In what has become a summer of hail across European wine regions, with stones raining down on Bordeaux, Burgundy and the Languedoc, the latest bad weather has hit Italy's Piedmont region. A violent storm swept through the vineyards of Barolo on the evening of July 8, with hail, rain and, in some cases, strong winds. Though reports vary, early assessments say the damage is minimal. Growers told Wine Spectator that vineyards experienced damage to about 5 percent of grapes on average, with some parcels experiencing as much as 20 to 30 percent loss of grapes. Protective netting in the top crus helped reduce the impact.
"Here in La Morra it is worse toward the Santa Maria side, more than Annunziata, pretty randomly bad in Novello and Barolo, [and] where we rent a small Dolcetto piece in Monforte really, really bad—most of the grapes got wiped out," said Silvia Altare, whose family owns Elio Altare. "We are almost all covered up with hail nets, so pretty safe on the top grands crus. We might just have some issues on the Dolcetto."
Even with netting the clusters were not immune to hailstones the size of walnuts. "In some areas the hail had larger dimensions and some bunches were a little damaged despite the nets," said Isabella Oddero of Fratelli Oddero in La Morra. "The most damaged vineyards are those positioned on the top of the hills."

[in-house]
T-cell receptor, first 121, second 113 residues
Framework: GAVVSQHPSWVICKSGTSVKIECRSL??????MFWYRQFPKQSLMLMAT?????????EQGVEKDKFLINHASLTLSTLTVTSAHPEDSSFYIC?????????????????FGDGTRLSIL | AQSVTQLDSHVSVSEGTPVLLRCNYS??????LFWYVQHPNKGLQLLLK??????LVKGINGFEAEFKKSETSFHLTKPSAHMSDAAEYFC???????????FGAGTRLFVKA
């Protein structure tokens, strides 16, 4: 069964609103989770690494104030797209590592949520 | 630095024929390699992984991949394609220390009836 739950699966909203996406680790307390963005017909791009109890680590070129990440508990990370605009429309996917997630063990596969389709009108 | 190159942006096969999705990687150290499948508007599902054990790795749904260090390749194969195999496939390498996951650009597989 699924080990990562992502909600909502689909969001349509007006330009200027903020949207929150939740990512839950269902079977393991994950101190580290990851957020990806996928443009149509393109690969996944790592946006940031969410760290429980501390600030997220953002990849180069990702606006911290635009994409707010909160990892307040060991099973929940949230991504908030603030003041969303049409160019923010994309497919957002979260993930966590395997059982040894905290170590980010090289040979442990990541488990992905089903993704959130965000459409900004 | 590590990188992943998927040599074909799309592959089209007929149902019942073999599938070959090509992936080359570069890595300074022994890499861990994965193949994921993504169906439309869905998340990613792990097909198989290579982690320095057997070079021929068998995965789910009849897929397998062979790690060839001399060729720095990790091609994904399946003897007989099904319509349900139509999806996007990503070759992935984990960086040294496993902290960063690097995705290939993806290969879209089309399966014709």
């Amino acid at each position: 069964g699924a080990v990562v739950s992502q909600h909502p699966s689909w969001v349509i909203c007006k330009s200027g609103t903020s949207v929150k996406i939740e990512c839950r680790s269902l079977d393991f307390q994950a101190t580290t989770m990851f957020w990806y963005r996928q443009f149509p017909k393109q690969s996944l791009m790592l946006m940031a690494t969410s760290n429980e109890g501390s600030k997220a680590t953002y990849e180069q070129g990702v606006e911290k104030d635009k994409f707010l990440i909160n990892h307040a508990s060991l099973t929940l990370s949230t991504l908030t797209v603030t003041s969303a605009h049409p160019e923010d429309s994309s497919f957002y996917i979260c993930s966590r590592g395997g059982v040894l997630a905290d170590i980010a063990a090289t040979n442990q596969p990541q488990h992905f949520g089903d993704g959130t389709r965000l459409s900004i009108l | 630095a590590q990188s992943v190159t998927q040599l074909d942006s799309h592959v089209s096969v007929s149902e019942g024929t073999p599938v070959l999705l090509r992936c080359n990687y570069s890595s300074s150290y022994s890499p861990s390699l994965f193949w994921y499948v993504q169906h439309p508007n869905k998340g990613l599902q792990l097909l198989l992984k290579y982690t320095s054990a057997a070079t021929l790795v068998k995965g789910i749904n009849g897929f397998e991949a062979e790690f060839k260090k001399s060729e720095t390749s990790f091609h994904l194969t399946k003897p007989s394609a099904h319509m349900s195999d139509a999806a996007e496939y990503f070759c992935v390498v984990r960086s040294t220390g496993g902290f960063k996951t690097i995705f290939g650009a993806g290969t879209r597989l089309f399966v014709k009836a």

In Monforte d’Alba, Elio Grasso’s parcels in Gavarini Chiniera, Ginestra Casa Matè and Runcot were mostly spared. "It appears, logically, the first rows of the vineyards at the top of the sites took the initial impact of the hail and luckily the intensity was mild," said winemaker Gianluca Grasso. "In the next few days I should have a better idea, but it doesn’t look that bad."
According to Chiara Boschis, proprietor of Pira (Chiara Boschis), she suffered 20 to 30 percent loss of grapes in her vineyards in Barolo and Monforte d’Alba. She noted, however that the crop was abundant and would have been reduced anyway through green harvesting.
Nonetheless, growers must now control the spread of botrytis in the affected berries by treating the grapes, which will result in greater expense. "This harvest will cost us more, because our workers will have to be very careful when selecting the grapes," said Oddero. "The next hours will be fundamental—tomorrow we will promptly start our treatments with copper sulfate to heal and sanitize the bunches."
According to Barbara Sandrone of Luciano Sandrone, more hail fell near Monforte d’Alba on July 9. It appears that the storms and strange weather patterns plaguing Barolo, Burgundy and the rest of Europe will continue to keep growers nervous over the summer.